The decline of print journalism is a hotly debated topic in the media industry and an issue that was recently on BBC Radio 4’s Today programme, where it was reported that newspaper revenues have dropped by nearly 50% in the last decade and this loss in revenue has resulted in less regional newspapers being printed. In addition to this, the total number of journalists in full-time work has fallen by 6,000 in 10 years – from 23,000 in 2007 to 17,000 in 2017.
The closure of regional newspapers in particular is highlighting problems with local democracy as local councils are reporting less information to the public about court cases and various issues surrounding planning permission and council decisions, meaning communities are less aware about what is going on within their constituencies.
As the closure of regional and national print newspapers continue and titles become digitalised, this raises a key question – is print journalism dying?
According to the BBC, an estimated 58% of the country has no daily, or regional title and rural areas are increasingly reliant on London-based media and their own social networks for local news. Since 2005, more than 200 local newspapers closed in the UK and the number of regional journalists have halved to around 6,500.
To address the issue of the declining number of print newspapers at a local and national level, Theresa May launched a review earlier this year to investigate this decline, warning that the closure of hundreds of titles is a ‘danger to our democracy.’ This review aims to explore the sustainable funding for the print press at national, regional and local news organisations.
Other problems that could arise with the complete digitalisation of print journalism is that some individuals in society who do not have access to computers, could become isolated from local issues. There is also the question about how much of what is read online is true, authentic journalism. In fact, May’s review will look into ‘low-quality’ journalism and the prevalence of ‘click-bait’, investigating the quality of the news being published online.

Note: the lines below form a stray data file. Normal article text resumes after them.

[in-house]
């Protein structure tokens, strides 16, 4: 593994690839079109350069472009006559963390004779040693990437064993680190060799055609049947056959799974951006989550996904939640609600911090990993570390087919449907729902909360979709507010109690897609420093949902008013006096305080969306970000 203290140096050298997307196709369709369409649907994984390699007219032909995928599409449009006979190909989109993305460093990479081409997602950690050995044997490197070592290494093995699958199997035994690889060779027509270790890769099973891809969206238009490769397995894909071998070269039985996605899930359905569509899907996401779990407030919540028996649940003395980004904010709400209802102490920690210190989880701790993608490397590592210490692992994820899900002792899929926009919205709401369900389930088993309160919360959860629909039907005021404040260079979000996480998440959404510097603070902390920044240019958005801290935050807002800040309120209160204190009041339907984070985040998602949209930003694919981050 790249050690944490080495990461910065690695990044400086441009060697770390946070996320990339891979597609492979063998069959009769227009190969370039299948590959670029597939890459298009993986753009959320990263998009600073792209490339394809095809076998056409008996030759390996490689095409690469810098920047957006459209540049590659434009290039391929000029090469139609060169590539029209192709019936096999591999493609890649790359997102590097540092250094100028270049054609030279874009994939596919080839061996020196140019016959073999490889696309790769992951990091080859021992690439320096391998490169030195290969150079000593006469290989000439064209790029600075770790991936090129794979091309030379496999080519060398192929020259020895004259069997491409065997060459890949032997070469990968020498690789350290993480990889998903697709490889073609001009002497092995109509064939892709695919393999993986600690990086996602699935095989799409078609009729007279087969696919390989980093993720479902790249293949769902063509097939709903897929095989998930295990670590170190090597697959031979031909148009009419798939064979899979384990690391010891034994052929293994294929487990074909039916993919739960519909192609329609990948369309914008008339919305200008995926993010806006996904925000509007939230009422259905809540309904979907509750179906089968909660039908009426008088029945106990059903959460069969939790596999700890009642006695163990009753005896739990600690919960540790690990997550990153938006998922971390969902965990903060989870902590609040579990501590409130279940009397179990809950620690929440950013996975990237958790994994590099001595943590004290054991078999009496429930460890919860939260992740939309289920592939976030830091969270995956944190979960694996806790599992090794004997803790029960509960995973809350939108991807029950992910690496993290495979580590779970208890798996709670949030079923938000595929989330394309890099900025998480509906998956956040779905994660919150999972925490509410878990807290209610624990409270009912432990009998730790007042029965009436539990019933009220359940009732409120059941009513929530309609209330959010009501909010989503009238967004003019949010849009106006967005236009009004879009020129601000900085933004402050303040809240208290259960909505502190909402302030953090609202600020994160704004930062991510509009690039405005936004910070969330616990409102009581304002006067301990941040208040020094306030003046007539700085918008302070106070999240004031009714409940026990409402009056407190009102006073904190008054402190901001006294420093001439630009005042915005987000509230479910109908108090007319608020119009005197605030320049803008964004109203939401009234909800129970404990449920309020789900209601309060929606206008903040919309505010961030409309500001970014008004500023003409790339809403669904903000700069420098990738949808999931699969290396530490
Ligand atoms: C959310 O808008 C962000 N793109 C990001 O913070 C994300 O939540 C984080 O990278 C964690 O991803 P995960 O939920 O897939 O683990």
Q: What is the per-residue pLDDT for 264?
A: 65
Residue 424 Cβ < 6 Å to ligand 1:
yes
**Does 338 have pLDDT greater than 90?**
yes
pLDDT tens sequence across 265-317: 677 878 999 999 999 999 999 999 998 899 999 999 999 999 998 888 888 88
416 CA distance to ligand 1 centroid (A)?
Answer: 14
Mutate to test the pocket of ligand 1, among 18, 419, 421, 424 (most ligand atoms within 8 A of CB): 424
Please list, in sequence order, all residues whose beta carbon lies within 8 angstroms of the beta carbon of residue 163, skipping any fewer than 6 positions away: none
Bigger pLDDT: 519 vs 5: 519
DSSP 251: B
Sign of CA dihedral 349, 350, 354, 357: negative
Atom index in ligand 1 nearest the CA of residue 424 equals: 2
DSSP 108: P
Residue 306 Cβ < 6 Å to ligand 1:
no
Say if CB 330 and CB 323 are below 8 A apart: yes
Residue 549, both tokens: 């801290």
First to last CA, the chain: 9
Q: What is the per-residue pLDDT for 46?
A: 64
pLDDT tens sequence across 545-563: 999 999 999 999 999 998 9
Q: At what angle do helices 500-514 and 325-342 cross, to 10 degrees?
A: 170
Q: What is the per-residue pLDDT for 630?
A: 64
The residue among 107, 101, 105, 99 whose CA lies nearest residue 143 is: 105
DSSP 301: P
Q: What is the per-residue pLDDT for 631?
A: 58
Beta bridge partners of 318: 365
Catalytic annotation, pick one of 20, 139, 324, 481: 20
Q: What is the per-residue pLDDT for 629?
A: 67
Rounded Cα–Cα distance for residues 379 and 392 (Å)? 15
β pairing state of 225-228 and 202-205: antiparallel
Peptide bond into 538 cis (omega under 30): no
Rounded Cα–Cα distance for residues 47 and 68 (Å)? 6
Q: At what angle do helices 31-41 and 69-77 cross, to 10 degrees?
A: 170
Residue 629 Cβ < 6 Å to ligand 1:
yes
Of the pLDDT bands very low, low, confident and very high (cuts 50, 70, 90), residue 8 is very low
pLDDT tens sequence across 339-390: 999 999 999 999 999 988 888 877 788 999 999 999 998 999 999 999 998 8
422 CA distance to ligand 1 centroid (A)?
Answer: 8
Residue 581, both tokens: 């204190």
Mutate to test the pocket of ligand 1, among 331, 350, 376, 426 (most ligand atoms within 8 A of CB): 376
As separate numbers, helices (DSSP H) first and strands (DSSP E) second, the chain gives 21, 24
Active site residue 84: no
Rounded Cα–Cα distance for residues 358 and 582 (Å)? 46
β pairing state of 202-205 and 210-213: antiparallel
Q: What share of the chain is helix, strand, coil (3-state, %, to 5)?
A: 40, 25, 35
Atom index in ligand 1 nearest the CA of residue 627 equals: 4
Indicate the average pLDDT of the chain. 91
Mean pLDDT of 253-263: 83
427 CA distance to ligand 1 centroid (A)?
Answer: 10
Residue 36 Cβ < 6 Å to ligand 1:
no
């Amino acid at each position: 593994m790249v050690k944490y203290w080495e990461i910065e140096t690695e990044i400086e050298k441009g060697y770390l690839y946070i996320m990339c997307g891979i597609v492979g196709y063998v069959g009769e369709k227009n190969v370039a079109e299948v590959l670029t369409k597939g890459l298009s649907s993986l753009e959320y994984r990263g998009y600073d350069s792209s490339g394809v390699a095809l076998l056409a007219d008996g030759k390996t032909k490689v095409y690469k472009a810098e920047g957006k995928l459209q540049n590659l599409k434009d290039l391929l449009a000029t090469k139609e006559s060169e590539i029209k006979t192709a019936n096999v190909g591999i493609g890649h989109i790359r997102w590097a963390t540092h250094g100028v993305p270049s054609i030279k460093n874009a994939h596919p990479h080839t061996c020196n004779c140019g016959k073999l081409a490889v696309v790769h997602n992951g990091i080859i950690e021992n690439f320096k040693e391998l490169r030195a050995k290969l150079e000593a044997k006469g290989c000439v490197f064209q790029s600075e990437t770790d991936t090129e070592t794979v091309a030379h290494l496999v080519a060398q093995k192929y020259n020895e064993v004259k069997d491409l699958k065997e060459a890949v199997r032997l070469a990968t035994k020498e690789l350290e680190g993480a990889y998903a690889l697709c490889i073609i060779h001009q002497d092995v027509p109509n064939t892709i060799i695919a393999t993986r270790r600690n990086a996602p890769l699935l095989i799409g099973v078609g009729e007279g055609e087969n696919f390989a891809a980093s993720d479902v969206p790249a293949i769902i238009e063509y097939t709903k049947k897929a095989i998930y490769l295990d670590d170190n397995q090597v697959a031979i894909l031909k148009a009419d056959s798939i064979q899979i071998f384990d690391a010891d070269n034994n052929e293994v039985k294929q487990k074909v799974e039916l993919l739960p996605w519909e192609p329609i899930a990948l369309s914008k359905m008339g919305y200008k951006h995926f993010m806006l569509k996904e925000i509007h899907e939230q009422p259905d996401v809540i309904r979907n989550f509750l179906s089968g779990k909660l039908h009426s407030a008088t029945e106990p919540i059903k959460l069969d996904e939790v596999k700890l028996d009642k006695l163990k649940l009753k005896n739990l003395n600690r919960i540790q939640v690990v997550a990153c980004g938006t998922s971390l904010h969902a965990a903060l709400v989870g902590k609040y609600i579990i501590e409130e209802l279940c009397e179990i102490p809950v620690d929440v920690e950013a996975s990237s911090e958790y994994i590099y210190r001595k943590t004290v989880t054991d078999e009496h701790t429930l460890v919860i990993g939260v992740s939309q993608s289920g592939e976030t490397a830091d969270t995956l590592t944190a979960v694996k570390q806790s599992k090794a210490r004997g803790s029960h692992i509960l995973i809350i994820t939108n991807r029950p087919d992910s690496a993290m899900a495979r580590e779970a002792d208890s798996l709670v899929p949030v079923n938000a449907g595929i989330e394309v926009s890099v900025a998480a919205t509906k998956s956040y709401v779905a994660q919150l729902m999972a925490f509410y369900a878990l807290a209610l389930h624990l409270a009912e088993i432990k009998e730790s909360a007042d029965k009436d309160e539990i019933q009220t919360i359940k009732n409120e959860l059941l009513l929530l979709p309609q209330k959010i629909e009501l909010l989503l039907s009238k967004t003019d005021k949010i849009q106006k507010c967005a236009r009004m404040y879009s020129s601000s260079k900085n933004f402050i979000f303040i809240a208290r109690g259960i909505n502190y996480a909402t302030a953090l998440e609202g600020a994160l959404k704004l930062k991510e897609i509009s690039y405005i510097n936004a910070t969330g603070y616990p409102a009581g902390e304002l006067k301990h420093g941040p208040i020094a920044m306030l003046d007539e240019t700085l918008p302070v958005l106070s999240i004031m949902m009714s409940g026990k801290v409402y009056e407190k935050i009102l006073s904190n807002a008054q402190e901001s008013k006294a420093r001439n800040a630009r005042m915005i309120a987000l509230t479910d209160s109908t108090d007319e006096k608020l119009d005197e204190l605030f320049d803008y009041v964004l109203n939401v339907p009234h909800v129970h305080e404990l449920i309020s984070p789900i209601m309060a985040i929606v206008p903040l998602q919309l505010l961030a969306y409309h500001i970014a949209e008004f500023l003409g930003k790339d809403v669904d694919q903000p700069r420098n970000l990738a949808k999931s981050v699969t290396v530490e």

At a national level, one newspaper that became the first national newspaper to become digitalised was the Independent that closed its print pages in 2016, to start a new era as a digital publication. At the time of making this decision, rapid digital growth made the newspaper the UK’s fastest growing quality newspaper site.
Other national newspapers that have also had a positive response online include the Guardian and the Observer that have a combined 140 million browsers worldwide.
At the beginning of 2018, the Guardian’s print circulation was reaching a daily average of 151,625 and for the Observer, the circulation on a Sunday was 175,401. This shows that digital news sites are the favoured option when it comes to reading the news – could these newspapers follow in the footsteps of the Independent and become digitalised in the future?
In our experience, an increasing volume of magazines and newspapers are becoming digitalised, publishing website content as well as hosting a digital version of the print magazine.
This can have many benefits for clients in particular, as hyperlinks directing readers to company websites and other links can be included within the content, enabling companies to track the analytics of who has visited the website. The coverage is often instantly uploaded online, enabling clients to share this content across social media platforms such as Twitter and LinkedIn.
For print coverage, however, there does still seem to be a certain level of prestige surrounding it, and it does still feel like a grand achievement to have something that you can hold.
Whilst there are many benefits of print and digital journalism, we hope that during May’s review, the outcome finds a way that enables the two platforms to work simultaneously together. For more information about how we can help to increase your company’s media coverage, please click here.